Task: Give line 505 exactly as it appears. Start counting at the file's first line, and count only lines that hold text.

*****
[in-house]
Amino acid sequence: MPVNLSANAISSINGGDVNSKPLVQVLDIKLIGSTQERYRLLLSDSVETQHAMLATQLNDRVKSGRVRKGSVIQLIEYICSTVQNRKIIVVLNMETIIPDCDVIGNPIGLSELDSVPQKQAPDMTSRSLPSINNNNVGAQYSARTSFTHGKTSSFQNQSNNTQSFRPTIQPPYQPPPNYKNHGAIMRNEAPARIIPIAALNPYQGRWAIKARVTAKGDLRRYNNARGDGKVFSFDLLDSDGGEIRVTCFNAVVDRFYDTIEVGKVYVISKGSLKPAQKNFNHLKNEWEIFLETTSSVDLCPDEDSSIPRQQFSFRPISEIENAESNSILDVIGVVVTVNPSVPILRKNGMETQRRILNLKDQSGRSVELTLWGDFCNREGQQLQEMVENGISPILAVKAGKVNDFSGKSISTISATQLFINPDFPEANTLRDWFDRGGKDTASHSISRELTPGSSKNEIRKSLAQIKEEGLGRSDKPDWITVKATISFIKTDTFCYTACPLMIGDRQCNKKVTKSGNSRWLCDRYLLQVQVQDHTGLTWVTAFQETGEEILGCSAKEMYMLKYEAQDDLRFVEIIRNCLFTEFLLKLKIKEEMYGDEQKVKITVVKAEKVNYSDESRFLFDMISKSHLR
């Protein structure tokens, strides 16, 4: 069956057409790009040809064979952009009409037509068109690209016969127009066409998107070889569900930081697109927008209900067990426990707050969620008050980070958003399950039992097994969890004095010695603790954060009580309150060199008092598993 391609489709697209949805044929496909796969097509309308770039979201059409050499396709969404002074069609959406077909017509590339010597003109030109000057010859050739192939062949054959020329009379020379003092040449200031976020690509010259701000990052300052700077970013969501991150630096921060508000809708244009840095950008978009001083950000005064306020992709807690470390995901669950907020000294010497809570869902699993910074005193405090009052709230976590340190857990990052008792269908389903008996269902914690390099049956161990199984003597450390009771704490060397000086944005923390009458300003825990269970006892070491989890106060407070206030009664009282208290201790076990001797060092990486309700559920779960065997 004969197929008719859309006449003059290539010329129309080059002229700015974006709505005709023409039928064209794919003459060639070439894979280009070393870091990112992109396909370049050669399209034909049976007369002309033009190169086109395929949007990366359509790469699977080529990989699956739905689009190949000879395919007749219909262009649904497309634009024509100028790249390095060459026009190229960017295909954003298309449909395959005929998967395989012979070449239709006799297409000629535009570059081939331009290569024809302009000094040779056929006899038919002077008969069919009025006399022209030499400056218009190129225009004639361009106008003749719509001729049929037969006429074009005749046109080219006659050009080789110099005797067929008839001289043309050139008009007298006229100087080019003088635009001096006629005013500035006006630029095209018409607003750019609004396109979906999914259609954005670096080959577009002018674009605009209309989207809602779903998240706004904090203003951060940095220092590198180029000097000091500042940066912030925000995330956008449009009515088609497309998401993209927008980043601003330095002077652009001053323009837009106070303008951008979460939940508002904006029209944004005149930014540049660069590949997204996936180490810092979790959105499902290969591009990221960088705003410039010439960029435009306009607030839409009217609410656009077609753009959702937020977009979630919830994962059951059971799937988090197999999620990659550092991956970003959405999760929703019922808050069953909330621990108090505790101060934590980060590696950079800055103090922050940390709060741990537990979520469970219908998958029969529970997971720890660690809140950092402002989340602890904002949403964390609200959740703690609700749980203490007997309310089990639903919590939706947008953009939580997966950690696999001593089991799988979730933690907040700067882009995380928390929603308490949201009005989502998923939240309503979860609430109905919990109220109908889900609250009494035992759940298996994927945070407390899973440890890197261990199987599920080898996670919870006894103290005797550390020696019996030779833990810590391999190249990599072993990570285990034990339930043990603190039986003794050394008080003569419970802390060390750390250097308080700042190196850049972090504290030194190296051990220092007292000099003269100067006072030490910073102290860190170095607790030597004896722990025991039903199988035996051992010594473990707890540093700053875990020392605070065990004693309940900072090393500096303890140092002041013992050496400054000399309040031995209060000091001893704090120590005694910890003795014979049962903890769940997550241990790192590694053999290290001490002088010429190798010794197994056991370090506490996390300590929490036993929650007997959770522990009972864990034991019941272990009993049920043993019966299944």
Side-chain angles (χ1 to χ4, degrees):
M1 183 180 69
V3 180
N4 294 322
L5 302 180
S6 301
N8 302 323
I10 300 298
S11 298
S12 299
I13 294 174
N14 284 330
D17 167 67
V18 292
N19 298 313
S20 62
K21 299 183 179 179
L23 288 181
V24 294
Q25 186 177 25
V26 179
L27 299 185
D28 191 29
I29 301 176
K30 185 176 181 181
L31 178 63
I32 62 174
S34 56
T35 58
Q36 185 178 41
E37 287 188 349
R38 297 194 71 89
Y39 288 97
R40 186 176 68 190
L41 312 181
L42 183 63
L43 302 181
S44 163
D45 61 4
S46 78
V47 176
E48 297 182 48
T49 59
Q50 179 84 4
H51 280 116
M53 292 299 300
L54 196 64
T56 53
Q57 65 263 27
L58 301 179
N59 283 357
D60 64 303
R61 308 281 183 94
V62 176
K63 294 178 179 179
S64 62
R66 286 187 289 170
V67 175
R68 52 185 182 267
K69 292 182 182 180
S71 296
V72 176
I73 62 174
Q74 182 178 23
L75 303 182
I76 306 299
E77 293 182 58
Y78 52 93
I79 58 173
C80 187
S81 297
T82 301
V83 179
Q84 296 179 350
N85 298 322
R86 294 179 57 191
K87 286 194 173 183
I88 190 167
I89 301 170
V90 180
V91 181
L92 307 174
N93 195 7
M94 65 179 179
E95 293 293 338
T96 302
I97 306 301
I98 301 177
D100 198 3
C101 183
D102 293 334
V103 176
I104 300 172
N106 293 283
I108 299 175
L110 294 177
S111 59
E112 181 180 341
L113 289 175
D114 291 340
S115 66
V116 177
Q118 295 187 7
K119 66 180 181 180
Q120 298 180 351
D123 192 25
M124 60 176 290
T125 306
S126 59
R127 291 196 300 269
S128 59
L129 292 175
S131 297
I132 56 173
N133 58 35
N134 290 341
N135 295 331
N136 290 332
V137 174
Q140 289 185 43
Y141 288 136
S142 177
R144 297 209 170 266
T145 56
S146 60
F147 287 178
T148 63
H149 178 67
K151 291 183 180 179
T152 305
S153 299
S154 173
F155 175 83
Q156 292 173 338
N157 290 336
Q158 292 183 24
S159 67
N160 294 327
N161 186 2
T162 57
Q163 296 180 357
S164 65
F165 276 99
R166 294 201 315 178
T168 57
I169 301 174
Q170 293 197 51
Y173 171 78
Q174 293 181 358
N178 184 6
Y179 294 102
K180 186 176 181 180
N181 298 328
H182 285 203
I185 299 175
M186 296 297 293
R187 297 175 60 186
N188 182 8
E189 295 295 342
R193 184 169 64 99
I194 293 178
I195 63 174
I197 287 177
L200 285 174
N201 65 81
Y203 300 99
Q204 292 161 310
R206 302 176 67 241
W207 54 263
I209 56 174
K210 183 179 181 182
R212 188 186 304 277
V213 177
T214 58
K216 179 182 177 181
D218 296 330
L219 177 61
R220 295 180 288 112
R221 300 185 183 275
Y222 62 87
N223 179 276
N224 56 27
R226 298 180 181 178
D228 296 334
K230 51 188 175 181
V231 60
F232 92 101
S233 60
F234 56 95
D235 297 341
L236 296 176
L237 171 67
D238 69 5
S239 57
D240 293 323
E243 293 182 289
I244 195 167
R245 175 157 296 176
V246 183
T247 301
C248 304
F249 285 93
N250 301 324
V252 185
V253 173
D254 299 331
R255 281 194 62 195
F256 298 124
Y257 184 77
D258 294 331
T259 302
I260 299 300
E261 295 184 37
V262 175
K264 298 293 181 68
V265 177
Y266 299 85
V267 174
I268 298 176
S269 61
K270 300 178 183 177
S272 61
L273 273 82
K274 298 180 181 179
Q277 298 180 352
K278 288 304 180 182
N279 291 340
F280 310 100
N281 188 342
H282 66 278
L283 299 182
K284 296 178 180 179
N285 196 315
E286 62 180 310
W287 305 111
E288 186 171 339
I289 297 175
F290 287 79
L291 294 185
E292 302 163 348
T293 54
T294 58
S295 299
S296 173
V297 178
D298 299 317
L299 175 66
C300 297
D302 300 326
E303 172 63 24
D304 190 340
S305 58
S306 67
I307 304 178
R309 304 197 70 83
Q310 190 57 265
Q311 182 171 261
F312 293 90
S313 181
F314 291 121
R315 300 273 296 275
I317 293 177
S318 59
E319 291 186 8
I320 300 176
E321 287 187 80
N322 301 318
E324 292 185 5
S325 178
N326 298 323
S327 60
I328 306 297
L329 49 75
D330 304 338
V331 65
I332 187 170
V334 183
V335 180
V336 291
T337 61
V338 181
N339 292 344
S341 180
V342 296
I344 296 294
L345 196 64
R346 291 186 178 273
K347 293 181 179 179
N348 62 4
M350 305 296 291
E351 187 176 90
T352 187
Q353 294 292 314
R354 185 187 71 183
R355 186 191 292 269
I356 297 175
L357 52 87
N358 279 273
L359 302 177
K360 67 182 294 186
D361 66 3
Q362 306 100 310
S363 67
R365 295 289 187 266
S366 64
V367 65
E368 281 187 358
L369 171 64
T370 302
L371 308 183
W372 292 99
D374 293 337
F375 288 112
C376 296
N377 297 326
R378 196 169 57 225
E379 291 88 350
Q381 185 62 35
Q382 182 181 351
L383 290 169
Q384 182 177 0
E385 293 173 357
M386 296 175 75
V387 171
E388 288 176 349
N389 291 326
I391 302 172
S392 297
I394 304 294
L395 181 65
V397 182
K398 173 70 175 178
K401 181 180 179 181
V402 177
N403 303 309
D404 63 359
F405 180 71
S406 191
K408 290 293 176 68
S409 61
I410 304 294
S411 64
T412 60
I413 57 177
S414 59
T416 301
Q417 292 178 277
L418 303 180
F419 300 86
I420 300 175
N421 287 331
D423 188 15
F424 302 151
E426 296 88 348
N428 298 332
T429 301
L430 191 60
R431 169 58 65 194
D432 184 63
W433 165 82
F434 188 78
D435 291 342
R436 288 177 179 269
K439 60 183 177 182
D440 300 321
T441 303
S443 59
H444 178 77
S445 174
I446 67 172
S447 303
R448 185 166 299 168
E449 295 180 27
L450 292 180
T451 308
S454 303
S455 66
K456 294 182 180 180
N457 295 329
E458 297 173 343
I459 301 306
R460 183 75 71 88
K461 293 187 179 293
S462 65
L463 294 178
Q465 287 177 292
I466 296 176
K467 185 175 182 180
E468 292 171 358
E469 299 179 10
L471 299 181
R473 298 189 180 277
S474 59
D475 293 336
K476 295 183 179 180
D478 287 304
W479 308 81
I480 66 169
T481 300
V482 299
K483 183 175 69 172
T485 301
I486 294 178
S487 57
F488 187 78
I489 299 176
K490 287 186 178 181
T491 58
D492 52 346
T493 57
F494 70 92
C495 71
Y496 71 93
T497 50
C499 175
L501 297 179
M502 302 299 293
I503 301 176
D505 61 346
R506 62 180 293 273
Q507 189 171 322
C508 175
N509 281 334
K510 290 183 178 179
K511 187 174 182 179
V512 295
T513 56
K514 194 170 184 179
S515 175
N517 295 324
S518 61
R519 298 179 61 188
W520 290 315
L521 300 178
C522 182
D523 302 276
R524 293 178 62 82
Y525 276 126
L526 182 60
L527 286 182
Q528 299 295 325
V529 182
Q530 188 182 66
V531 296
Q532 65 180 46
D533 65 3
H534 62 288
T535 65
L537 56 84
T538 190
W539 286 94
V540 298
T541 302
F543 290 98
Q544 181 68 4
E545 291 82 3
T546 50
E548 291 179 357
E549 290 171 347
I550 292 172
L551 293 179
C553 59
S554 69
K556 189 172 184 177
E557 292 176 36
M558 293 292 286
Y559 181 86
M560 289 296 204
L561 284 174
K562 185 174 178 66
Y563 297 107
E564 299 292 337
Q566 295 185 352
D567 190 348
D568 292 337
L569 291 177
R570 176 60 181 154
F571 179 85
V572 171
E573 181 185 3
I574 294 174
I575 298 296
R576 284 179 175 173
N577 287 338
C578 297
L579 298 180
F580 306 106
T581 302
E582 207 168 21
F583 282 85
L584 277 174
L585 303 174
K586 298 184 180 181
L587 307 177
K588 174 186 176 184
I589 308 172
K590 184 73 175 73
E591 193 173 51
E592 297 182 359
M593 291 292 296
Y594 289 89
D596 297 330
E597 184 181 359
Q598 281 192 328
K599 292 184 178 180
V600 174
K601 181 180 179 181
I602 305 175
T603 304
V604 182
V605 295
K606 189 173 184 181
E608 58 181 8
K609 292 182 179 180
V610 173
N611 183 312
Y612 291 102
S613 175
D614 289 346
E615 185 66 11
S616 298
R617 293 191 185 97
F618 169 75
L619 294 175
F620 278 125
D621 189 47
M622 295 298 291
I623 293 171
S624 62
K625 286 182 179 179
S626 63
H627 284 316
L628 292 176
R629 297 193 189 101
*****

D596 297 330